• Temperature: Thermometers are used to measure temperature. 
    • Clouds
    • Snow, snowflakes, blizzard, flurry
    • Ice, icy, freezing
    • Sleet, hail
  • Describe the basic characteristics of animals, including: 
    • Animals need food, water, and space to live and grow. 
    • Animals get food from eating plants or other living things. 
    • Offspring are very much (but not exactly) like their parents. 
    • Most animal babies need to be fed and cared for by their parents. 
    • Pets have special needs and must be cared for by their owners. 

Assessment

This assessment accompanies this unit and should be given on the suggested assessment day or after completing the unit.

Lesson Map

1

Discussion

    RI.K.1

Build background about winter by asking who, what, where, when, and why questions about weather, winter, and animals in the winter. 

2

  • Weather Words

    K-ESS2-1

    K-ESS3-2

Create a plan to collect, record, and observe the weather daily by using quantitative and qualitative observations of local weather conditions to describe patterns over time. 

3

  • It’s Snowing!

    RI.K.3

    RI.K.4

Defend if all snowstorms are the same by asking and answering questions about key details in a text. 

4

  • Story of Snow

    RI.K.2

    RI.K.3

    RI.K.7

Explain if all snow crystals are the same by asking and answering questions about key details in a text. 

5

Discussion & Writing

  • It’s Snowing!

  • Story of Snow

  • Over and Under...

    W.K.8

    SL.K.1

    SL.K.6

    L.K.6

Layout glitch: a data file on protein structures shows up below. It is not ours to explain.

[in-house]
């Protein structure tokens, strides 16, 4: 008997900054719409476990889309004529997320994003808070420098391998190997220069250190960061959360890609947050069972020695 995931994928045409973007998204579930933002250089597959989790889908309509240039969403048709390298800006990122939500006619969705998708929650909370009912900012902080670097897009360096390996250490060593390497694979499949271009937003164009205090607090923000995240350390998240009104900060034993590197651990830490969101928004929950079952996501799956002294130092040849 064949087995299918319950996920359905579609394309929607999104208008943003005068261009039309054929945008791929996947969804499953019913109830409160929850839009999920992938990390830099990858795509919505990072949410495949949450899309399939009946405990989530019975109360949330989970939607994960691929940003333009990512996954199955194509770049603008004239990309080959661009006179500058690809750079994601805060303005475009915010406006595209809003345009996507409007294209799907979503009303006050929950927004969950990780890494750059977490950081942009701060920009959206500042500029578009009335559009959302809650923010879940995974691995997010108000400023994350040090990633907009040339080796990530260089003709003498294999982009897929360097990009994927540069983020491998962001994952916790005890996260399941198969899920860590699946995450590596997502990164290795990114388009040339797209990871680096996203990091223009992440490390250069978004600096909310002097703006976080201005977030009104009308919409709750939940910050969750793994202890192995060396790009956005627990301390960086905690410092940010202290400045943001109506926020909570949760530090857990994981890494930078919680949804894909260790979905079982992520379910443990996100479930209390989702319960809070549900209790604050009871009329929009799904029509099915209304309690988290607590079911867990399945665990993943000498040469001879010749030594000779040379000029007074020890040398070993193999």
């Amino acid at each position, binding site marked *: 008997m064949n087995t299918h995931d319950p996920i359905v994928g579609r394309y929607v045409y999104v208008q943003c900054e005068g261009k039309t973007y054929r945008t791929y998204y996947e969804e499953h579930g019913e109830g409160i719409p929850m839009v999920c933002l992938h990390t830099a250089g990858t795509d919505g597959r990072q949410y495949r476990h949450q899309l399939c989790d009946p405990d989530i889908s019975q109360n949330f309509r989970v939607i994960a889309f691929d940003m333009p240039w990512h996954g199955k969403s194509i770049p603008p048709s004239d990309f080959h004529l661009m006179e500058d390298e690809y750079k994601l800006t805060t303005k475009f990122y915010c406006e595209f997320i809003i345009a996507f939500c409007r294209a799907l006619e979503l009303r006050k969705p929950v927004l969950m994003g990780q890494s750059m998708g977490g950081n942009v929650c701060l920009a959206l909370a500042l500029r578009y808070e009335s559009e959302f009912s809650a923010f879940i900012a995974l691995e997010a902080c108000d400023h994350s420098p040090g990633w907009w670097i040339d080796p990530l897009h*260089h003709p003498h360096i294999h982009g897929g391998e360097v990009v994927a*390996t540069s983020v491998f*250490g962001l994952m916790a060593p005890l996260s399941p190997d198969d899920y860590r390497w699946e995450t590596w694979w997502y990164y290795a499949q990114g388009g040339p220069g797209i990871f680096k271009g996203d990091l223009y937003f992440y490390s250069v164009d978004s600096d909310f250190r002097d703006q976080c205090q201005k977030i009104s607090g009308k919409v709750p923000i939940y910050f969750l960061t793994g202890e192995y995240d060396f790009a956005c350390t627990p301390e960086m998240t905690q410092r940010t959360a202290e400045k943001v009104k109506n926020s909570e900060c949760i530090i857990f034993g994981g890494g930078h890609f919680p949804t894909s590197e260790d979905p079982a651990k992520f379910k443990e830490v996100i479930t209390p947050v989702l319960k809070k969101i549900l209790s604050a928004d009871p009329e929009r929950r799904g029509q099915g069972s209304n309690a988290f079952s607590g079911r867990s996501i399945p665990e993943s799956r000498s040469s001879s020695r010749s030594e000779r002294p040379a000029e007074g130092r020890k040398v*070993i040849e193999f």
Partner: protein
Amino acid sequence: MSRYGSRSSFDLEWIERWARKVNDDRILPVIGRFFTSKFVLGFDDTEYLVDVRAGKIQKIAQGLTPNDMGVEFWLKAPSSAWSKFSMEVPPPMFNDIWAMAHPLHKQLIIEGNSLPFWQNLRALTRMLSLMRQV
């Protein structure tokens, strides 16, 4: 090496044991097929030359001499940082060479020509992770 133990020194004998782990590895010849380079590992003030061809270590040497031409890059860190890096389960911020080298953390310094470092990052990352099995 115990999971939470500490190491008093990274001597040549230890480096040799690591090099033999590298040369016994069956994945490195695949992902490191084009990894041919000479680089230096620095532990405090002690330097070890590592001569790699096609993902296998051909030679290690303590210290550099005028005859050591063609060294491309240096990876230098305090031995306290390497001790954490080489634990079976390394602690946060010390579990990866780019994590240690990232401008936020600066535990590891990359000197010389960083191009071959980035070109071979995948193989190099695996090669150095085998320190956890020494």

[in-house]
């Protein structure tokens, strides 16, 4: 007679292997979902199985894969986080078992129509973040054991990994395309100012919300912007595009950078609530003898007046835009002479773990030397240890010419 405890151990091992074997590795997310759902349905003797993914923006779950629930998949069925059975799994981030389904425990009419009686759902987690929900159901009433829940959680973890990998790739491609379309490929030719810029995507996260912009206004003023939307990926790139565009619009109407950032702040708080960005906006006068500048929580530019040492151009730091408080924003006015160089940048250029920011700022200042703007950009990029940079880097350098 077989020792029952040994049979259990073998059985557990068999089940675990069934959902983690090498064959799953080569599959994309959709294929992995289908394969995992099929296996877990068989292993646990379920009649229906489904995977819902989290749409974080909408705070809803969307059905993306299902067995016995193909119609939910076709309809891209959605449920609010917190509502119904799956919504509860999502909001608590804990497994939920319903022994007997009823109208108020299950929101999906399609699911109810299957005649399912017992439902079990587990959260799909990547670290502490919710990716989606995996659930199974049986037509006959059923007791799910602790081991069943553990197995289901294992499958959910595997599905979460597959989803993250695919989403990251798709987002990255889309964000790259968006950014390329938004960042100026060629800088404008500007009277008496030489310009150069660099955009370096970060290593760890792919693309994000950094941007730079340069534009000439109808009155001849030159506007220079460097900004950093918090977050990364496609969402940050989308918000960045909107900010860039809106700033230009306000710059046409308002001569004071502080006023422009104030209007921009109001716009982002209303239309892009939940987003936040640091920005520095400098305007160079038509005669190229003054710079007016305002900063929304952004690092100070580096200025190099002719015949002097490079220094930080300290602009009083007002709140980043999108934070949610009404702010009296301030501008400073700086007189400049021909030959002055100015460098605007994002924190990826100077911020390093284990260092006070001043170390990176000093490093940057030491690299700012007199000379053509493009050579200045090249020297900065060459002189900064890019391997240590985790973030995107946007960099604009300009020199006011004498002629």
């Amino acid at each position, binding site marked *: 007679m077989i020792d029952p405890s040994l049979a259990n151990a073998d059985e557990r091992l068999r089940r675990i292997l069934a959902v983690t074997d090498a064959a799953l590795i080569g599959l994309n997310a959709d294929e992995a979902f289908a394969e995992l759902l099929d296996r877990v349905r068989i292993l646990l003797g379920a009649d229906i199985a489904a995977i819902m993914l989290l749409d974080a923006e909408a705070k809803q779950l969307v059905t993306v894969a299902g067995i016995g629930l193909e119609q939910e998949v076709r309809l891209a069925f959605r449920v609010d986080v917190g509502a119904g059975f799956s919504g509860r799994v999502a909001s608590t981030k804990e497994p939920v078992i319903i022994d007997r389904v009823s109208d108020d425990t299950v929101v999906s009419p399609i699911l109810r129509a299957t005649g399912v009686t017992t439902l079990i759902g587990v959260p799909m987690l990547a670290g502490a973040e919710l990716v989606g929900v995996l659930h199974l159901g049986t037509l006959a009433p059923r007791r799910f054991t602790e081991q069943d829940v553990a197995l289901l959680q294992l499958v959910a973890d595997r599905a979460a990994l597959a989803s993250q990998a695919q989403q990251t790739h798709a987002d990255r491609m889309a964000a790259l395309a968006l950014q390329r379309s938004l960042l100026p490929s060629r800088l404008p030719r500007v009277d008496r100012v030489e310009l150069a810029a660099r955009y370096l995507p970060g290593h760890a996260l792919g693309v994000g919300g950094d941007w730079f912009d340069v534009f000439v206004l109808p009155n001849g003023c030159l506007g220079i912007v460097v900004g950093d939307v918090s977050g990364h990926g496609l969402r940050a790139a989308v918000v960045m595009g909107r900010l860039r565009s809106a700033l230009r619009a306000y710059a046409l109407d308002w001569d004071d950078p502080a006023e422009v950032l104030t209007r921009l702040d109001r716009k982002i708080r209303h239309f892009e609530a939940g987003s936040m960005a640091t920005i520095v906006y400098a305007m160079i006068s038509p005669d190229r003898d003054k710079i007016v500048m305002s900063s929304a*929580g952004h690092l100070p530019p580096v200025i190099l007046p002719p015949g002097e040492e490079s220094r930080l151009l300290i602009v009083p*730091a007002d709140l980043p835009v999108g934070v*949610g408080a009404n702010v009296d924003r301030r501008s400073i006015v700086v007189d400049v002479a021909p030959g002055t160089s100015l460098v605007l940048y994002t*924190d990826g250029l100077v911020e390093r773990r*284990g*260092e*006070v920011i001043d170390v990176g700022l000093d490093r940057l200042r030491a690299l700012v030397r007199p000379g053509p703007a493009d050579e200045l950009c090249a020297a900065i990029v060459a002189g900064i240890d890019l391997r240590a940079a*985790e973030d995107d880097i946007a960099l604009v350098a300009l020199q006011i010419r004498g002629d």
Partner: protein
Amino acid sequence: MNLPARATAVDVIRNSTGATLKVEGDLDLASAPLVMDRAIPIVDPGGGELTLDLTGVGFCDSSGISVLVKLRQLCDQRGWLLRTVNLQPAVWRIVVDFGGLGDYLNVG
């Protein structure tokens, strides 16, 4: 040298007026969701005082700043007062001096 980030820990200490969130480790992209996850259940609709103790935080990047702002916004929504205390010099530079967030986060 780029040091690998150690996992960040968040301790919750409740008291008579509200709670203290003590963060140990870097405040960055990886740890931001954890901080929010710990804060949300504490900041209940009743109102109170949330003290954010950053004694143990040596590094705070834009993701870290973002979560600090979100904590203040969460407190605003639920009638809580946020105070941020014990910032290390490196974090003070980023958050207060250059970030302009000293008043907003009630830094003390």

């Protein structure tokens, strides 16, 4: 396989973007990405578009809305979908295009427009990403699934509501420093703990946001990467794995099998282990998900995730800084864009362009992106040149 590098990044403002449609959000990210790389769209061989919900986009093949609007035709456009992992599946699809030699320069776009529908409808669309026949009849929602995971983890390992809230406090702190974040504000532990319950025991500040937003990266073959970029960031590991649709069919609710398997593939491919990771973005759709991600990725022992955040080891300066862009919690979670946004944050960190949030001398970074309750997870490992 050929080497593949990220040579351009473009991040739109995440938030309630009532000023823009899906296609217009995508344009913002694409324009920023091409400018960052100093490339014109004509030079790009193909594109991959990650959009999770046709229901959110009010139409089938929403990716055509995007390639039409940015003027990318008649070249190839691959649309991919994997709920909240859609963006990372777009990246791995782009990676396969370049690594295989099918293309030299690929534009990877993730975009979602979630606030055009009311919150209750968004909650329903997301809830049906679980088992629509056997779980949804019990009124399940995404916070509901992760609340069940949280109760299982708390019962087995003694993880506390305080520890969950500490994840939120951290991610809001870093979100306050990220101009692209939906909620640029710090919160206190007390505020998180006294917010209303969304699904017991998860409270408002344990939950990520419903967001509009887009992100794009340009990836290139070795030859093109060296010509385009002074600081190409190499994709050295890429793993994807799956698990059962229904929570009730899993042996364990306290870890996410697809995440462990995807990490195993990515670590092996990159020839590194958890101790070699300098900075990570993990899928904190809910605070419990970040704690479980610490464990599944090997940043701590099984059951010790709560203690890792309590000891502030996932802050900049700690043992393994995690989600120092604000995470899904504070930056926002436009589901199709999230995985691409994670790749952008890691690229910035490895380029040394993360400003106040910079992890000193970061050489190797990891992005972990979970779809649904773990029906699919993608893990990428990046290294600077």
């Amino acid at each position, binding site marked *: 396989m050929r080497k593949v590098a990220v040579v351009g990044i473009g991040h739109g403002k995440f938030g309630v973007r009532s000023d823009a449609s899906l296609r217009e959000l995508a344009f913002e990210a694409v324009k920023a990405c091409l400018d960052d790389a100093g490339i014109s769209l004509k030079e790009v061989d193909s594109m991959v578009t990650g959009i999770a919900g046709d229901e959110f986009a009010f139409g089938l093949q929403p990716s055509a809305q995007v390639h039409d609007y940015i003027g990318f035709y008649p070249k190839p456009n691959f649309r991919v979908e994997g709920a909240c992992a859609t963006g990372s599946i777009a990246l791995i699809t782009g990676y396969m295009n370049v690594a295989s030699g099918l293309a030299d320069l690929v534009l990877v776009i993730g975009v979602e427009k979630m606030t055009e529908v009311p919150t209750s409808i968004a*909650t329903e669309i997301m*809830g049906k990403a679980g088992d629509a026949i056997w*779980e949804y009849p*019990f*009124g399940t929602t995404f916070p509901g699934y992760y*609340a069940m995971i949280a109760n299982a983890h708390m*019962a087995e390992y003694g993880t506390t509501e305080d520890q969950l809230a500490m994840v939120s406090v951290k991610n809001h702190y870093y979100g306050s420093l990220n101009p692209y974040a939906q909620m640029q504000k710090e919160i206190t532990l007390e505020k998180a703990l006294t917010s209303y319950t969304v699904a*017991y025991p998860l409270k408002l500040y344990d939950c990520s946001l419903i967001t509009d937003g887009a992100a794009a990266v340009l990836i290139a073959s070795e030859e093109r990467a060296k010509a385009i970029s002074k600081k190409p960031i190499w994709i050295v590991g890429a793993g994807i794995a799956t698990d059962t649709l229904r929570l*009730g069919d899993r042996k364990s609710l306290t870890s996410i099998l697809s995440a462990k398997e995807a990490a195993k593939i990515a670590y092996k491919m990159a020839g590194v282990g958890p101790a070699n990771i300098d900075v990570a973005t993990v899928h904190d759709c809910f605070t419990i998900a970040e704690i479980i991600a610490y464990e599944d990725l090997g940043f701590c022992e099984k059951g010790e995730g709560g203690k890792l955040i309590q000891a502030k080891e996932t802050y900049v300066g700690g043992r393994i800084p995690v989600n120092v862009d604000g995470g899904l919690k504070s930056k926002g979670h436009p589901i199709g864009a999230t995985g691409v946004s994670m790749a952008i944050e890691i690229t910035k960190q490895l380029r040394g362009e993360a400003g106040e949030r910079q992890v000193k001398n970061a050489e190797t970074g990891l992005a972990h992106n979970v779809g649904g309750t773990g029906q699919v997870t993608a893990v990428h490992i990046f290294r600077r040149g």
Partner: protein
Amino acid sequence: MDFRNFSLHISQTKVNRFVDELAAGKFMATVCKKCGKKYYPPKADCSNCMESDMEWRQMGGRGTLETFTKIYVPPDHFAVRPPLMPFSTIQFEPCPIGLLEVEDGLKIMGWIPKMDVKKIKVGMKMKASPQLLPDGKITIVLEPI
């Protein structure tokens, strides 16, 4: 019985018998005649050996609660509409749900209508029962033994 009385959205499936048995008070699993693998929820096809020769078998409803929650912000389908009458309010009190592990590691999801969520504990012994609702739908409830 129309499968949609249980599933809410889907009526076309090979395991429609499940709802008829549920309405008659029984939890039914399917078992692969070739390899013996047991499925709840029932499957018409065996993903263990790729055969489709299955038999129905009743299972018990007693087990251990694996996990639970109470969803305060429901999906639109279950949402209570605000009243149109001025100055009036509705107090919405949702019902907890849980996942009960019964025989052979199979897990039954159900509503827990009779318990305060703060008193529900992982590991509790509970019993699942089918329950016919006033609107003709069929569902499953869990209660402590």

Describe the weather by using vocabulary from the unit to supply information on a topic orally and in writing. 

6

  • Animals in Winter

    K-LS1-1

    RI.K.2

    RI.K.3

Explain how different animals get the food they need to survive and what would happen if they didn’t get the food they needed to survive, by describing the connection between ideas in a text. 

7

  • Over and Under...

    RI.K.2

    RI.K.3

    RI.K.7

Explain what happens “under the snow” and what would happen if the animals weren’t under the snow by retelling key details in a text and describing the connection between ideas in a text.

8

  • Big Tracks...

    RI.K.2

    RI.K.3

    RI.K.7

Explain what a nature detective can learn from studying animal tracks, by retelling key details in a text and describing the connection between ideas in a text. 

9

  • Wild Tracks!

    RI.K.3

    RI.K.7

Describe what we can learn from studying a track closely, by retelling key details in a text and describing the connection between ideas in a text.

10